Even more concerning is the ridiculously relentless enemy presence. Referring to them as a cult is an understatement; Eden’s Gate has the manpower and firepower of a military force. You can’t drive along most roads in Hope County without passing a cult vehicle every few seconds, or encountering a cult presence of some kind. The population of Hope County can’t be more than five hundred people, yet somehow this cult has amassed several thousand members. Sometimes less is more, otherwise you run the risk of falsifying the game world. To make matters worse, the perpetual presence of the cult often interrupted key conversations with NPCs and even ruined one of the more amusing missions in the game for me. Don’t get me wrong, I appreciate that anything can and will happen in a Far Cry game, but there’s a fine line there and Far Cry 5 fell on the wrong side of that line a little too often.

Also, the enemy AI is generally weak. Bottlenecking is a sure-fire game plan for loud encounters while finding a sniper’s nest is a stealthier way to easily eliminate enemies one-by-one; the AI simply fails to counter either strategy. It’s only when increasing the number of enemies or introducing cult members who are bullet sponges that the game becomes more challenging. Seriously, how does wearing a wolf mask and carrying a flamethrower make you more immune to bullets? This isn’t The Division. But while the cult may not be the best shots or handle combat situations all that well, their pilots do have impeccable eyesight. I was once spotted through a window of a building by a plane that was flying AWAY from me! So yeah, the AI definitely has issues.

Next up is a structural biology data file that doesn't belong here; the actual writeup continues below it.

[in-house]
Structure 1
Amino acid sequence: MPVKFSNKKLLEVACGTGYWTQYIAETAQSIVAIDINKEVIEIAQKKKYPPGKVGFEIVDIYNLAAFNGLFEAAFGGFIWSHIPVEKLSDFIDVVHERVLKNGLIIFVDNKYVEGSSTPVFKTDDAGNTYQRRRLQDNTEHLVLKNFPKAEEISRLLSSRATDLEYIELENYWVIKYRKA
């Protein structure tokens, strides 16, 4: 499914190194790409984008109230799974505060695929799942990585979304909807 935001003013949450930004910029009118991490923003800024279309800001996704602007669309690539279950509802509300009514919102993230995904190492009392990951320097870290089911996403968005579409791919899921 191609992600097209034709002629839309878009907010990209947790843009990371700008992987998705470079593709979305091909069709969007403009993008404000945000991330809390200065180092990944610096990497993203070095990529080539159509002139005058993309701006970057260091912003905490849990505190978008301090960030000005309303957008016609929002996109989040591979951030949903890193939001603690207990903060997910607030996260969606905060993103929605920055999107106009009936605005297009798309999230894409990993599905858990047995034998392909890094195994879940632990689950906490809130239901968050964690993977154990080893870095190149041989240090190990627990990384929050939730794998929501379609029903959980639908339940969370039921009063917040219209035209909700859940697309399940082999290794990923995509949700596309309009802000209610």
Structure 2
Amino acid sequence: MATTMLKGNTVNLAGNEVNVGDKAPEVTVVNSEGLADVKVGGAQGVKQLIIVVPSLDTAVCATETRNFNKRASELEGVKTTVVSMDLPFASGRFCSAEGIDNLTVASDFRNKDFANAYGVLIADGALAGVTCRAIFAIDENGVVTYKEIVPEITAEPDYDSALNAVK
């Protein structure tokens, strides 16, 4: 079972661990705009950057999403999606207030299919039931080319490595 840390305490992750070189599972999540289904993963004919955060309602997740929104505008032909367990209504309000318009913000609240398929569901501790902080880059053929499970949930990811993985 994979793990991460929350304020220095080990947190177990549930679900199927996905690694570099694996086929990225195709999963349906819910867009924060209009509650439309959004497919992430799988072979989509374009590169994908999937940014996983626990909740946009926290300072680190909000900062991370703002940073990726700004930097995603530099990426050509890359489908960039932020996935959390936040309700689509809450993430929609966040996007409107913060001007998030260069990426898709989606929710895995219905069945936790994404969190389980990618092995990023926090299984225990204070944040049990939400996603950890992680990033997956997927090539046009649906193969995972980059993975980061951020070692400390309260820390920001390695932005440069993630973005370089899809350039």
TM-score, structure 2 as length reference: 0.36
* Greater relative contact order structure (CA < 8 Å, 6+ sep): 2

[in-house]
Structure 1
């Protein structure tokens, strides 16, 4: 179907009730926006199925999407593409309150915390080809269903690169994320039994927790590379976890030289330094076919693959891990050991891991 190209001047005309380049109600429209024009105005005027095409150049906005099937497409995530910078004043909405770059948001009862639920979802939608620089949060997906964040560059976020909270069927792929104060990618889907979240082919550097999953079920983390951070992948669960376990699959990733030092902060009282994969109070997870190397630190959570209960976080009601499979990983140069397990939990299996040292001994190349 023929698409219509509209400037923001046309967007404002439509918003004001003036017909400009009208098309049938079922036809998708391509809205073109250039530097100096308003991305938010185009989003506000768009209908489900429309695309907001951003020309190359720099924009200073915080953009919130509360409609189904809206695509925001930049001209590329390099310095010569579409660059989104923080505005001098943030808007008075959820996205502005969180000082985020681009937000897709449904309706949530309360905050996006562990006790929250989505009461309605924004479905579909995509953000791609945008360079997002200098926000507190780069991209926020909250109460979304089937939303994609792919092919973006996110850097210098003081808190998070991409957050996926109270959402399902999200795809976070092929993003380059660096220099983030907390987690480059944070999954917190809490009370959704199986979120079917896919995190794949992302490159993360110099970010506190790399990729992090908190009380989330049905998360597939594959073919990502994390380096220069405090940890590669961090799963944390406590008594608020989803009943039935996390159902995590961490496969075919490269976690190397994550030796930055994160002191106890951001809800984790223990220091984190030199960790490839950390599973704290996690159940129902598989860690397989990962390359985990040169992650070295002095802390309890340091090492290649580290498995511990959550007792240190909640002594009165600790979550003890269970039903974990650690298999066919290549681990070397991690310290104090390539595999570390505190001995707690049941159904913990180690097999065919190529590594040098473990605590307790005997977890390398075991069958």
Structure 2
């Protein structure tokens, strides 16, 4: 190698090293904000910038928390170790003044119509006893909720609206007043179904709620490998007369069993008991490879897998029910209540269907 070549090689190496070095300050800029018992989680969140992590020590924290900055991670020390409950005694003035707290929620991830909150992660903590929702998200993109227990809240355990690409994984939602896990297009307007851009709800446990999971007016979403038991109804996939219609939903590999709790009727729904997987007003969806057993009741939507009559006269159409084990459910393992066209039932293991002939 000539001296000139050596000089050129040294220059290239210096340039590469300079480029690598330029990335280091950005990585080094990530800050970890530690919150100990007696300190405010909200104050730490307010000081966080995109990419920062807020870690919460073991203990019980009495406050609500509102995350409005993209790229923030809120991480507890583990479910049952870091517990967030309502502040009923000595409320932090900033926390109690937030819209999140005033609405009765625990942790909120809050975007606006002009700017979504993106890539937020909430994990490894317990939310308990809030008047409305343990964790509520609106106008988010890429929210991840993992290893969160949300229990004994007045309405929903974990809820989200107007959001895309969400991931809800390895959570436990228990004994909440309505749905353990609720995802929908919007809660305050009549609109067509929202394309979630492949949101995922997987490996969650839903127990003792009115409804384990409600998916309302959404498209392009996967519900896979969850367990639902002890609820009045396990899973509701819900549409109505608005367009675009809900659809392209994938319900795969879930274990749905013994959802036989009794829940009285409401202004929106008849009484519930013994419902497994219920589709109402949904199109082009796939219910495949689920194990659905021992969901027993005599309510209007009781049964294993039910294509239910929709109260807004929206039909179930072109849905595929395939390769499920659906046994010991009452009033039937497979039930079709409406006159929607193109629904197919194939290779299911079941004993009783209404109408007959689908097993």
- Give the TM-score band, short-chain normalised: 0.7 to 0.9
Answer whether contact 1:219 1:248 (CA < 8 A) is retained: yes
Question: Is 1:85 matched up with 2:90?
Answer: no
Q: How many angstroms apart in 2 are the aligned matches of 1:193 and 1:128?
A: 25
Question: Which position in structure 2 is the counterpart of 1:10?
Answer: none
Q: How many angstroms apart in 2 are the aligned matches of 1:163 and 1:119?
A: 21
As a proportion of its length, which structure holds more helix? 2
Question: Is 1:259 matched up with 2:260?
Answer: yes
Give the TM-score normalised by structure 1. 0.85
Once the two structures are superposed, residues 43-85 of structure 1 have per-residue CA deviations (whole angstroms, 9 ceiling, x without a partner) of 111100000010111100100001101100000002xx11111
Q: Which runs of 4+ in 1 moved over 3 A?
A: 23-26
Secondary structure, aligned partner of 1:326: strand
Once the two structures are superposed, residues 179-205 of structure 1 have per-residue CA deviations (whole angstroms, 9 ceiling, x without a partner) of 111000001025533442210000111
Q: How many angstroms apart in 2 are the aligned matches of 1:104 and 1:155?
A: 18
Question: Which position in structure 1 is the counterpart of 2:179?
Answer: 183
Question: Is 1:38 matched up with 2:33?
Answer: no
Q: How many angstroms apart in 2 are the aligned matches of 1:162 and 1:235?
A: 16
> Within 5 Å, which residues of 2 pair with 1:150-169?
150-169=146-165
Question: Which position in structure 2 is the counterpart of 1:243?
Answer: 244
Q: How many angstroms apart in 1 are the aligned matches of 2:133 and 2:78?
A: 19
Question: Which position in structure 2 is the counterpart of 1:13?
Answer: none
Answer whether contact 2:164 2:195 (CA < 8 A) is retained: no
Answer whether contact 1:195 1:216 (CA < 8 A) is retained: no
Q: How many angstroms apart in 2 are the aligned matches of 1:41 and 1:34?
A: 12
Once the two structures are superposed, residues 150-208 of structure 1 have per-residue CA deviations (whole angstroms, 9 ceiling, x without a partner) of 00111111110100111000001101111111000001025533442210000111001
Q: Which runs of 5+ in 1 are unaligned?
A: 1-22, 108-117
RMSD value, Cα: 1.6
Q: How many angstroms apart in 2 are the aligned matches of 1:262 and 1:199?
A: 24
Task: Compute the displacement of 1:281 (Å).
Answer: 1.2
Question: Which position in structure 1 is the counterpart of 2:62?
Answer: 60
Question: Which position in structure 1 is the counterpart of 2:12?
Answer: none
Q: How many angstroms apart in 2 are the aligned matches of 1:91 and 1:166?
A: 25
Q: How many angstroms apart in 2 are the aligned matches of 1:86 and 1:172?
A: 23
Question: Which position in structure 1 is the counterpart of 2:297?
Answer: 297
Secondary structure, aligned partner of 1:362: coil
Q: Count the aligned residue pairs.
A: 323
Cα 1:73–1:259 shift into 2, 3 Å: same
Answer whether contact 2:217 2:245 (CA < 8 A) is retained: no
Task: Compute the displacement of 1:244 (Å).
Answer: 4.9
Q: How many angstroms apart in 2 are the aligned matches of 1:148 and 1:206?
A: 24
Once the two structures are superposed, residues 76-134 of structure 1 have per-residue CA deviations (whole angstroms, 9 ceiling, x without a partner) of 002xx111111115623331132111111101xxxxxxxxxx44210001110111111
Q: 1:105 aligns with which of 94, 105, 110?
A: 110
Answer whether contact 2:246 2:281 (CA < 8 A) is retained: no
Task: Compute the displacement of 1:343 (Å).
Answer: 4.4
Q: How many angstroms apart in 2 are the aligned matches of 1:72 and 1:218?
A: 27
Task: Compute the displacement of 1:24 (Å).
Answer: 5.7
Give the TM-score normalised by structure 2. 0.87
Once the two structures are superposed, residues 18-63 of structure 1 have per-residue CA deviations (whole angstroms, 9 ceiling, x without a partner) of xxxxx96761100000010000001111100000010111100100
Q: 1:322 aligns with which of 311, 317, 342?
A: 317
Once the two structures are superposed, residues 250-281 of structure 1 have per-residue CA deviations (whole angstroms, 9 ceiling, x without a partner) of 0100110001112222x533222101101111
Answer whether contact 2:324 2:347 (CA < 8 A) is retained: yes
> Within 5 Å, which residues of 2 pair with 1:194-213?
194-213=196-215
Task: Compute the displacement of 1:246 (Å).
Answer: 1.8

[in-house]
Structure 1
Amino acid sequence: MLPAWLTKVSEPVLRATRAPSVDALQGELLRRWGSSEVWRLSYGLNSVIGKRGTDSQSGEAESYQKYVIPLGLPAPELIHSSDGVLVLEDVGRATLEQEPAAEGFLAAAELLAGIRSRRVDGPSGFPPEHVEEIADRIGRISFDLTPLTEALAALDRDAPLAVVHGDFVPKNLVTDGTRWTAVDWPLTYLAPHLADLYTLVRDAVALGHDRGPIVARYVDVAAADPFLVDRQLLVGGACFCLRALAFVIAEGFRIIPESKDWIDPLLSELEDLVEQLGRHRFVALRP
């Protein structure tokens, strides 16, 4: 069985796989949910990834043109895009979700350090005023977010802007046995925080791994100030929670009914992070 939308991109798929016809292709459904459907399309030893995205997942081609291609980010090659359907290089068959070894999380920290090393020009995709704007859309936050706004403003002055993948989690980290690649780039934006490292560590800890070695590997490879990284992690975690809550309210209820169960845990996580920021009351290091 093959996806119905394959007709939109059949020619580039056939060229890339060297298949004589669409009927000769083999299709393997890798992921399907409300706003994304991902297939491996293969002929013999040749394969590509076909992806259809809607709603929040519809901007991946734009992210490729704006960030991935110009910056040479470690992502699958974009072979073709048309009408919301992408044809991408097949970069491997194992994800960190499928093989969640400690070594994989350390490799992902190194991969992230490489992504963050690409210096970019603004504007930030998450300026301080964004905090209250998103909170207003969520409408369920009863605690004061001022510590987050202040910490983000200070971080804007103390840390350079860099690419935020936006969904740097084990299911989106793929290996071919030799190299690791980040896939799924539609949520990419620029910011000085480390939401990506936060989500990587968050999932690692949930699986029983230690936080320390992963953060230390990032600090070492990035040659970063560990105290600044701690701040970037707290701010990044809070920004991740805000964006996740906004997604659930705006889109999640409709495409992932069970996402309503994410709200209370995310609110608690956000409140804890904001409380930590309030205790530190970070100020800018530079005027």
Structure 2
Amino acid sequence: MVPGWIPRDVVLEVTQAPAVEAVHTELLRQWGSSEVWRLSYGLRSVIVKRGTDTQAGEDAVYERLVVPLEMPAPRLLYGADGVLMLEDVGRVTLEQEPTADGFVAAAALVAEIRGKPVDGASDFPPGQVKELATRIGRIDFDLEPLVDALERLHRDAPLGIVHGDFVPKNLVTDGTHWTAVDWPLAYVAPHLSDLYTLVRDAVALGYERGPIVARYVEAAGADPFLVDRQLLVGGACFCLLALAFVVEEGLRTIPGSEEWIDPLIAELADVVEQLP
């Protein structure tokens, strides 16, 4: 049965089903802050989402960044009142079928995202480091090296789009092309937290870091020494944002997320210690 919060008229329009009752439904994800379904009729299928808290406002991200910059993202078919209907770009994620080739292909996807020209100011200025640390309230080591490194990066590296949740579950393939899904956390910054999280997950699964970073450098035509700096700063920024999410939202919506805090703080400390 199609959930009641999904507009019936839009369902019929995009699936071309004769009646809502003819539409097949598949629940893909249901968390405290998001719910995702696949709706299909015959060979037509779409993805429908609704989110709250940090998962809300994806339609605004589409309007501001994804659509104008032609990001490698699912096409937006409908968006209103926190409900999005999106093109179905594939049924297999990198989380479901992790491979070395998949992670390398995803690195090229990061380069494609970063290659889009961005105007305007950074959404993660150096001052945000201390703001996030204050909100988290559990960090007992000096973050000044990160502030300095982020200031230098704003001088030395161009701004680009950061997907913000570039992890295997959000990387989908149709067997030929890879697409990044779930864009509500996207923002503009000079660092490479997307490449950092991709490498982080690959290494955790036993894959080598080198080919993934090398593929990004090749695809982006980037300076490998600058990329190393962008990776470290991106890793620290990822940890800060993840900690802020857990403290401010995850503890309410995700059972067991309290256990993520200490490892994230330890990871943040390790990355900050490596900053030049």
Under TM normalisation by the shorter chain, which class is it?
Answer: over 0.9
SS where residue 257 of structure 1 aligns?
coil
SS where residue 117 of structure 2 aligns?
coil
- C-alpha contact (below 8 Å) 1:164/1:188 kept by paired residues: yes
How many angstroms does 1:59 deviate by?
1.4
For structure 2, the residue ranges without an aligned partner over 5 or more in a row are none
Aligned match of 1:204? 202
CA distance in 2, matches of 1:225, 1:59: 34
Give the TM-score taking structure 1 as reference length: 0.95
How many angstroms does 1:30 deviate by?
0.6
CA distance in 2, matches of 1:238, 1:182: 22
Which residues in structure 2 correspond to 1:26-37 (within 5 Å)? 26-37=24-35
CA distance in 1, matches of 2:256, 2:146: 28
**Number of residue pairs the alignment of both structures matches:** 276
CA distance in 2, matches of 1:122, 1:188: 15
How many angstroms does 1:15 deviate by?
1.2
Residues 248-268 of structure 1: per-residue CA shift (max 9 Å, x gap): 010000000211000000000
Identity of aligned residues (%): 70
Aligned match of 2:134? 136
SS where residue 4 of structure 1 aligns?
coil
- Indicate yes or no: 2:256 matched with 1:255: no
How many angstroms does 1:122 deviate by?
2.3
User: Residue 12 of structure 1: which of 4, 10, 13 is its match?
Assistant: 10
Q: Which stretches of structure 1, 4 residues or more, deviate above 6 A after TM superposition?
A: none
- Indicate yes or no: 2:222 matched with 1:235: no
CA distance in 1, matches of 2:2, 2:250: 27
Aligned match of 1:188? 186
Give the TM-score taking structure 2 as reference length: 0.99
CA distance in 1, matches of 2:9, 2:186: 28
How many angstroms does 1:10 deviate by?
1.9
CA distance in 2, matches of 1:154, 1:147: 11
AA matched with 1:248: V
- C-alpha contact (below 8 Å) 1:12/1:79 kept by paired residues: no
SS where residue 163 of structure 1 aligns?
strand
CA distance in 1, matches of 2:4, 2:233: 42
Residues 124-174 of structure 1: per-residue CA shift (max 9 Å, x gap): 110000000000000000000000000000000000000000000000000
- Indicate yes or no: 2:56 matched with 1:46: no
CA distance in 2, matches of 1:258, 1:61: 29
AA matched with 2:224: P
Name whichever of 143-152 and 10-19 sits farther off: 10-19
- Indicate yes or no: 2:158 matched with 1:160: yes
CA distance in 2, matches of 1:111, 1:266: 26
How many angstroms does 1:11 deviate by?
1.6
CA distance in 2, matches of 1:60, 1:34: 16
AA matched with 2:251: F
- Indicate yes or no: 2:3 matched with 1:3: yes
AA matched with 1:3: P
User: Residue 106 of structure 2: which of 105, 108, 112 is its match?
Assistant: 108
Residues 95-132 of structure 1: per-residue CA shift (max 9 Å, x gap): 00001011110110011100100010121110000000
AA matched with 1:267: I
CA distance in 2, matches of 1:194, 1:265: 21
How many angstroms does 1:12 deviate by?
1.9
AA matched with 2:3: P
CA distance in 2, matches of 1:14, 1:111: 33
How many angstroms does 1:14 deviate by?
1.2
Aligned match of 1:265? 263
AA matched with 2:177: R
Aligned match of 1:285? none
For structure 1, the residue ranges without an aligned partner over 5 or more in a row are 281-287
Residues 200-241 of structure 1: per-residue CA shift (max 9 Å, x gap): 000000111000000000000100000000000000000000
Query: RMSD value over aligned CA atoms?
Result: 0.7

Those issues aside, just as Origins was for Assassin’s Creed, Far Cry 5 is a breath of fresh air for the Far Cry franchise. Ubisoft’s open-world design continues to evolve in mostly positive ways, granting players more freedom than ever before while presenting more engrossing story and side missions with memorable NPCs to help keep the gameplay loop from getting repetitive. And when you combine that with the pillars of any good Far Cry experience – an intriguing villain, an exotic setting, the trappings of survival and desperation, and gameplay that is often chaotic and explosive – you get a game that is well-crafted, well-polished, and simply a lot of fun to play. If you’re a fan of Far Cry or first-person shooters in general, Far Cry 5 is an easy recommendation.

 

85%

 

Reviewed By: Stephen Riach
Publisher: Ubisoft
Rating: 85%

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This review is based on a digital copy of Far Cry 5 for the Xbox One provided by Ubisoft.